Connecticut’s legislative session started yesterday, and state lawmakers have the opportunity to pass common-sense gun safety bills this year. Here’s what to know on three policies that could prevent future gun violence in the state if enacted:
Extreme Risk Protection Order Modernization: Connecticut was one of the first states in the nation to enact a law that helps keep firearms out of the hands of people in crisis – and one study showed that the law reduced firearm suicide by 14%. This session, Connecticut lawmakers have the chance to strengthen this law by allowing family and household members who recognize that their loved ones are in crisis to ask a court to temporarily remove their firearms. This new law would give family members a tool to stop people in crisis from harming themselves or others.
Ending Bulk Purchasing: Up to 25% of handguns recovered following the commission of a crime were purchased in a sale with multiple weapons – and data shows that laws limiting the number of firearms an individual can purchase help combat gun trafficking. By ending bulk purchasing, Connecticut can help keep guns out of the wrong hands.
Increasing Funding for Gun Violence Intervention and Prevention Programs: Community-based violence intervention programs apply a localized approach to gun violence prevention that are well-suited to address gun violence in Connecticut’s hardest-hit neighborhoods. Programs like Project Longevity help stop gun violence before it happens by de-escalating potentially violent conflicts, providing case management support services, and transforming community norms around violence. Connecticut should take steps to properly fund these vital programs that are keeping communities safe, whether through an ammunition tax or other means.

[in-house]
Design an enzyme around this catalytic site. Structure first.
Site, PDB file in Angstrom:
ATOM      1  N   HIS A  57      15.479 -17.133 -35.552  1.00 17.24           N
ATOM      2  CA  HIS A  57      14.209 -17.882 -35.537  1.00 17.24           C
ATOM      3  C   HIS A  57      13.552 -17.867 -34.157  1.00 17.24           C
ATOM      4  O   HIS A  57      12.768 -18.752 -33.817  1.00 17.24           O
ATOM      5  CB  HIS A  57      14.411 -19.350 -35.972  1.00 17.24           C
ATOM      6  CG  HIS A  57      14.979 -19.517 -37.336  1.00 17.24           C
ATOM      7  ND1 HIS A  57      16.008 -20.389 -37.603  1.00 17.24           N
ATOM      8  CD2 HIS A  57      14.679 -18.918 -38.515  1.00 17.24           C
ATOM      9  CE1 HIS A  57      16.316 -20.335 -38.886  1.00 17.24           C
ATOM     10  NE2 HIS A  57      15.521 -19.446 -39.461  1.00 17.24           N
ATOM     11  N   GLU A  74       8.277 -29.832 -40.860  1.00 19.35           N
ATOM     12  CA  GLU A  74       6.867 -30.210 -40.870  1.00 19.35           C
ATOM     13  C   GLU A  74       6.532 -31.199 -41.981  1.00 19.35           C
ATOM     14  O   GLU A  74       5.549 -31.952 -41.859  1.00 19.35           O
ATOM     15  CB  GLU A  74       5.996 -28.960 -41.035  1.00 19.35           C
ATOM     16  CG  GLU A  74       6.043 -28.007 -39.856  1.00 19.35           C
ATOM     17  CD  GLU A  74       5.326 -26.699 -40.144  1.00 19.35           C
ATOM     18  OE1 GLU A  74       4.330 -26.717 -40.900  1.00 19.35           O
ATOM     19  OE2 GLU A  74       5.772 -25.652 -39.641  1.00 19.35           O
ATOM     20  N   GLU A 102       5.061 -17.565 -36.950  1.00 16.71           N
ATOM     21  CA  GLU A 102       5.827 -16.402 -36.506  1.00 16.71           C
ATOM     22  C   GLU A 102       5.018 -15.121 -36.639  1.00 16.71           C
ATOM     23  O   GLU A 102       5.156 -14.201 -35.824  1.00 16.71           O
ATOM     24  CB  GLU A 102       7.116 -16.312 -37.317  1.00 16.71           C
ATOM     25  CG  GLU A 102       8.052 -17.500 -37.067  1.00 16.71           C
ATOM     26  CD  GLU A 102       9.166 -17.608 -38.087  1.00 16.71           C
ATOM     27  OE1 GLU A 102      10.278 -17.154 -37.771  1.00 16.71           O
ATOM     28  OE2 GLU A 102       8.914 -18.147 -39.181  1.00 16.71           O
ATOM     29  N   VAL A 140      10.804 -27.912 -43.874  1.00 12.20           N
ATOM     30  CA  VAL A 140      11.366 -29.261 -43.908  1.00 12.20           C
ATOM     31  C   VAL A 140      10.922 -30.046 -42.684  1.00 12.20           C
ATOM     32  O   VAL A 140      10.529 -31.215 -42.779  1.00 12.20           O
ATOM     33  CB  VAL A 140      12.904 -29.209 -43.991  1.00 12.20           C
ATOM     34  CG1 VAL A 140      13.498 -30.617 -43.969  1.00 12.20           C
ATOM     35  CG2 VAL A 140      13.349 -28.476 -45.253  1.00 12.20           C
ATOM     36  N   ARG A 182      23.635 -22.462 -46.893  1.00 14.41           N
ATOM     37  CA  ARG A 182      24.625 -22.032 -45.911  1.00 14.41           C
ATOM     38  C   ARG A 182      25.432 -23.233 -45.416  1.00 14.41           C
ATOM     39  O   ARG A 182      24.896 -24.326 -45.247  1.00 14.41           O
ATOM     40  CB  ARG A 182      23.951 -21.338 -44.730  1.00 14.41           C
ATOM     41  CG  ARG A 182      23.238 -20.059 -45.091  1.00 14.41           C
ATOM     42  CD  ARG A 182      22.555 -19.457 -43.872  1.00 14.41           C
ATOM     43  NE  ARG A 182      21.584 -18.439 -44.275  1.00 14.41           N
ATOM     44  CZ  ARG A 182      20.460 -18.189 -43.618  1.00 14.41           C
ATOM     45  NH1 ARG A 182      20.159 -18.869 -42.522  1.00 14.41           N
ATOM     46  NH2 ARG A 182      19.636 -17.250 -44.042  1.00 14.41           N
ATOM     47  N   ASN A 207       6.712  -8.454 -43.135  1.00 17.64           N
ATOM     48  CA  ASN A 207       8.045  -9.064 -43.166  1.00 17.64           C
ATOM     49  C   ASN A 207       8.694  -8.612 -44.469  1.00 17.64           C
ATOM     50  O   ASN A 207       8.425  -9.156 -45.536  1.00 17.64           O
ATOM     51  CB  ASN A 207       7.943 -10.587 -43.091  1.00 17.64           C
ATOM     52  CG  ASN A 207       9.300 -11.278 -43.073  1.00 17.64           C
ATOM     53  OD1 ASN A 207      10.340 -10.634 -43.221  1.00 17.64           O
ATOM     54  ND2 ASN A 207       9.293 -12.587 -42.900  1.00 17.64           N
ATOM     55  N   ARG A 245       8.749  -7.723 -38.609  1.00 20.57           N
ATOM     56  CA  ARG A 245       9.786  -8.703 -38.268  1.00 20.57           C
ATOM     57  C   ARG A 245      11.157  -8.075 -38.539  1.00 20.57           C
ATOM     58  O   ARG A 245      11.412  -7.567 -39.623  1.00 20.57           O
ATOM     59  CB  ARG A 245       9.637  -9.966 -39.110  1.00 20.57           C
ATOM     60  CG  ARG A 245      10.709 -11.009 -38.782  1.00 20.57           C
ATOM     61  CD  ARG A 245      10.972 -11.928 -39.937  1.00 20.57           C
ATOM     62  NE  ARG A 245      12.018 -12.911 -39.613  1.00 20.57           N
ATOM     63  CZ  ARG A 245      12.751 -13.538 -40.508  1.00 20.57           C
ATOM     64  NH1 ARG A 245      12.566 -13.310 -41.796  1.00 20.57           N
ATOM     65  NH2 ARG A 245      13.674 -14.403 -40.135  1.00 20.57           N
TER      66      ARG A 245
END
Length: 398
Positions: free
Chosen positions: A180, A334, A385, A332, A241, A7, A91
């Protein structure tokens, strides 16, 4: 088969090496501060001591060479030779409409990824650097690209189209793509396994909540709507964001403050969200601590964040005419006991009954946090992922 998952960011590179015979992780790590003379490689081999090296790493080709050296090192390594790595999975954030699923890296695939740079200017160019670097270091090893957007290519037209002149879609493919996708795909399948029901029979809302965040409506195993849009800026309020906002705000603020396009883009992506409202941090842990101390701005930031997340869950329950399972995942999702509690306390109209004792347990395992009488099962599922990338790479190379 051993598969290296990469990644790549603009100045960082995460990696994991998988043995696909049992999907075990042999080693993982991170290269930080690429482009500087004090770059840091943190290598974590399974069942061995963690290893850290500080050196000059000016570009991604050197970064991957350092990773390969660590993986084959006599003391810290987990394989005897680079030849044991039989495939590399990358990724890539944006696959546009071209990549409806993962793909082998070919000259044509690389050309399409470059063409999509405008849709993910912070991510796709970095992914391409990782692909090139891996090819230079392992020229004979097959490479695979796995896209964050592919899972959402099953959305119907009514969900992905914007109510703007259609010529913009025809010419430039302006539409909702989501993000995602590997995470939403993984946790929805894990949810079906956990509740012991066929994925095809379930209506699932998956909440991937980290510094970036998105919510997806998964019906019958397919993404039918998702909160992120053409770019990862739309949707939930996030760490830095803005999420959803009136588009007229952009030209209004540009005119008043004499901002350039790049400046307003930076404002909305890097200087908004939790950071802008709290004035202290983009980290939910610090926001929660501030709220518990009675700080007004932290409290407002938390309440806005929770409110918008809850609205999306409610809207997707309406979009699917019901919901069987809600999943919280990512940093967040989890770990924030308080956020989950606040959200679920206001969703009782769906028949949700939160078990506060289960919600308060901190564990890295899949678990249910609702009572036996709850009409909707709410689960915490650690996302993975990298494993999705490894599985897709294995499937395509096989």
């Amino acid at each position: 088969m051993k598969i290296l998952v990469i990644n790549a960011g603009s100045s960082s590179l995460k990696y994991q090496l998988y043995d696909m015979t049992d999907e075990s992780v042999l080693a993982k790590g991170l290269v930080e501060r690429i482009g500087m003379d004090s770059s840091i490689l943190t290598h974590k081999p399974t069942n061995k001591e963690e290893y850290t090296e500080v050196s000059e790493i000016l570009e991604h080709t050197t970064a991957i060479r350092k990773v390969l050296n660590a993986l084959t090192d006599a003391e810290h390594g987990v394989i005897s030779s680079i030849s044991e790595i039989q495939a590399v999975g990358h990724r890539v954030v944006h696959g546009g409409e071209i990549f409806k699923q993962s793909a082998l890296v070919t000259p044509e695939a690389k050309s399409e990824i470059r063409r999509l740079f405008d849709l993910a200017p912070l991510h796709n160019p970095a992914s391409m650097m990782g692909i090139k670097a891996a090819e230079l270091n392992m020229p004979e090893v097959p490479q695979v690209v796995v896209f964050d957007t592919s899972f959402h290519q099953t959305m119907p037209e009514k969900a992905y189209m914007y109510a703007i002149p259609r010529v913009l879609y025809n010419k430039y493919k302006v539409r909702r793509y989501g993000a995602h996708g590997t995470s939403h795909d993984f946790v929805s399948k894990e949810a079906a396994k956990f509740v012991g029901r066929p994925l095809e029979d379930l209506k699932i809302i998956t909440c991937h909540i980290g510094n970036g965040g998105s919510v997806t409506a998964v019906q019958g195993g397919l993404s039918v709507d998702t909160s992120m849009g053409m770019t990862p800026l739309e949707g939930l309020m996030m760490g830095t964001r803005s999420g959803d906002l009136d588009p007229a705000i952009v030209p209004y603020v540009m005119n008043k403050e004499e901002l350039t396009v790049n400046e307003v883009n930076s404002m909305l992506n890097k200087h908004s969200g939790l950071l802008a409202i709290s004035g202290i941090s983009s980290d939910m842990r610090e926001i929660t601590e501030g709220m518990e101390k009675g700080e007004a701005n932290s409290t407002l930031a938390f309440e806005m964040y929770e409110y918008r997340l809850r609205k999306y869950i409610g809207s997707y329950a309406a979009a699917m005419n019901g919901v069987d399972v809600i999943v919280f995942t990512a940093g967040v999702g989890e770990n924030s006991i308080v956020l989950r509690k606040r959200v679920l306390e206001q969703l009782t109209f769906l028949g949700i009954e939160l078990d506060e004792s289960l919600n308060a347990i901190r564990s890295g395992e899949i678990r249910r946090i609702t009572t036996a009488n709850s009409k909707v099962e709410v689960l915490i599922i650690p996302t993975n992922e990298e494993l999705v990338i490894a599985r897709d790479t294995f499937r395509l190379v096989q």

The evidence is clear: common-sense gun safety laws can help stop tragic shootings in Connecticut.
If you have any questions about this legislation or would like to speak with a volunteer with the Connecticut chapter of Moms Demand Action for Gun Sense in America on 2020 legislative priorities, please do not hesitate to reach out.